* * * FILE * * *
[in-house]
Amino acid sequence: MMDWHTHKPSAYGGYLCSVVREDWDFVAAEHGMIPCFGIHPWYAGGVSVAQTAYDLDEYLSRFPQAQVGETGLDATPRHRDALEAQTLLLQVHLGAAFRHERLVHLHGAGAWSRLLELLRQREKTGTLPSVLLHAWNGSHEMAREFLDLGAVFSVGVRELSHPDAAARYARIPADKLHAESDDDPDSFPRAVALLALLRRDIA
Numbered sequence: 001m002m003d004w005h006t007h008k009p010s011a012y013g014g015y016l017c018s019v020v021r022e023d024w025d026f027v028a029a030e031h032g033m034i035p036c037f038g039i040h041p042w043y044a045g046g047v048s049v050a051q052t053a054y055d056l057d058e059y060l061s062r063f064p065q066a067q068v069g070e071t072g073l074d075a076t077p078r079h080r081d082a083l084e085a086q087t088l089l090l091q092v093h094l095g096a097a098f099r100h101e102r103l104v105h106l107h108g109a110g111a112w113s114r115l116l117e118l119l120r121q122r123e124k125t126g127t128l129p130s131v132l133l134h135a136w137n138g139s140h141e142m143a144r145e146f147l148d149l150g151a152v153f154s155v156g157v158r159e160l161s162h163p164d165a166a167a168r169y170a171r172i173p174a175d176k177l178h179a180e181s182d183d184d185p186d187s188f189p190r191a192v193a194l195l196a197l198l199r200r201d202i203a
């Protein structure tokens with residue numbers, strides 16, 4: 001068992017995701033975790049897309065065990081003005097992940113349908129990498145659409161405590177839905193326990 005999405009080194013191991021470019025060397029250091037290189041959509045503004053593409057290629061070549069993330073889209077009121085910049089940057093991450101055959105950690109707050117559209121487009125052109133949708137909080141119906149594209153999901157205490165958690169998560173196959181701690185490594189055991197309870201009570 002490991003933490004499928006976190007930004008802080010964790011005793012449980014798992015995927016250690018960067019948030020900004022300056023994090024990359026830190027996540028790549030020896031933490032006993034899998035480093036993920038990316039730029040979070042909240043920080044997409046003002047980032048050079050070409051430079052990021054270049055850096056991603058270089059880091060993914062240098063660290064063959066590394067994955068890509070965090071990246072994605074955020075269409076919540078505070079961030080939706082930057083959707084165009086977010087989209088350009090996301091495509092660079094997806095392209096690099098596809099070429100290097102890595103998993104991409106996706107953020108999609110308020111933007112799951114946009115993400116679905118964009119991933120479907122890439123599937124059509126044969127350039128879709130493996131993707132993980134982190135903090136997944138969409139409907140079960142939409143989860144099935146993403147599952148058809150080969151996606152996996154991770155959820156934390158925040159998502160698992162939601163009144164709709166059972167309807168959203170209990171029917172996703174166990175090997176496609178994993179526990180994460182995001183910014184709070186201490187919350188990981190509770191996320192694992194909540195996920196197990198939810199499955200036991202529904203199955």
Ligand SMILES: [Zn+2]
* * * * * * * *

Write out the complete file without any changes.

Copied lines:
[in-house]
Amino acid sequence: MMDWHTHKPSAYGGYLCSVVREDWDFVAAEHGMIPCFGIHPWYAGGVSVAQTAYDLDEYLSRFPQAQVGETGLDATPRHRDALEAQTLLLQVHLGAAFRHERLVHLHGAGAWSRLLELLRQREKTGTLPSVLLHAWNGSHEMAREFLDLGAVFSVGVRELSHPDAAARYARIPADKLHAESDDDPDSFPRAVALLALLRRDIA
Numbered sequence: 001m002m003d004w005h006t007h008k009p010s011a012y013g014g015y016l017c018s019v020v021r022e023d024w025d026f027v028a029a030e031h032g033m034i035p036c037f038g039i040h041p042w043y044a045g046g047v048s049v050a051q052t053a054y055d056l057d058e059y060l061s062r063f064p065q066a067q068v069g070e071t072g073l074d075a076t077p078r079h080r081d082a083l084e085a086q087t088l089l090l091q092v093h094l095g096a097a098f099r100h101e102r103l104v105h106l107h108g109a110g111a112w113s114r115l116l117e118l119l120r121q122r123e124k125t126g127t128l129p130s131v132l133l134h135a136w137n138g139s140h141e142m143a144r145e146f147l148d149l150g151a152v153f154s155v156g157v158r159e160l161s162h163p164d165a166a167a168r169y170a171r172i173p174a175d176k177l178h179a180e181s182d183d184d185p186d187s188f189p190r191a192v193a194l195l196a197l198l199r200r201d202i203a
């Protein structure tokens with residue numbers, strides 16, 4: 001068992017995701033975790049897309065065990081003005097992940113349908129990498145659409161405590177839905193326990 005999405009080194013191991021470019025060397029250091037290189041959509045503004053593409057290629061070549069993330073889209077009121085910049089940057093991450101055959105950690109707050117559209121487009125052109133949708137909080141119906149594209153999901157205490165958690169998560173196959181701690185490594189055991197309870201009570 002490991003933490004499928006976190007930004008802080010964790011005793012449980014798992015995927016250690018960067019948030020900004022300056023994090024990359026830190027996540028790549030020896031933490032006993034899998035480093036993920038990316039730029040979070042909240043920080044997409046003002047980032048050079050070409051430079052990021054270049055850096056991603058270089059880091060993914062240098063660290064063959066590394067994955068890509070965090071990246072994605074955020075269409076919540078505070079961030080939706082930057083959707084165009086977010087989209088350009090996301091495509092660079094997806095392209096690099098596809099070429100290097102890595103998993104991409106996706107953020108999609110308020111933007112799951114946009115993400116679905118964009119991933120479907122890439123599937124059509126044969127350039128879709130493996131993707132993980134982190135903090136997944138969409139409907140079960142939409143989860144099935146993403147599952148058809150080969151996606152996996154991770155959820156934390158925040159998502160698992162939601163009144164709709166059972167309807168959203170209990171029917172996703174166990175090997176496609178994993179526990180994460182995001183910014184709070186201490187919350188990981190509770191996320192694992194909540195996920196197990198939810199499955200036991202529904203199955």
Ligand SMILES: [Zn+2]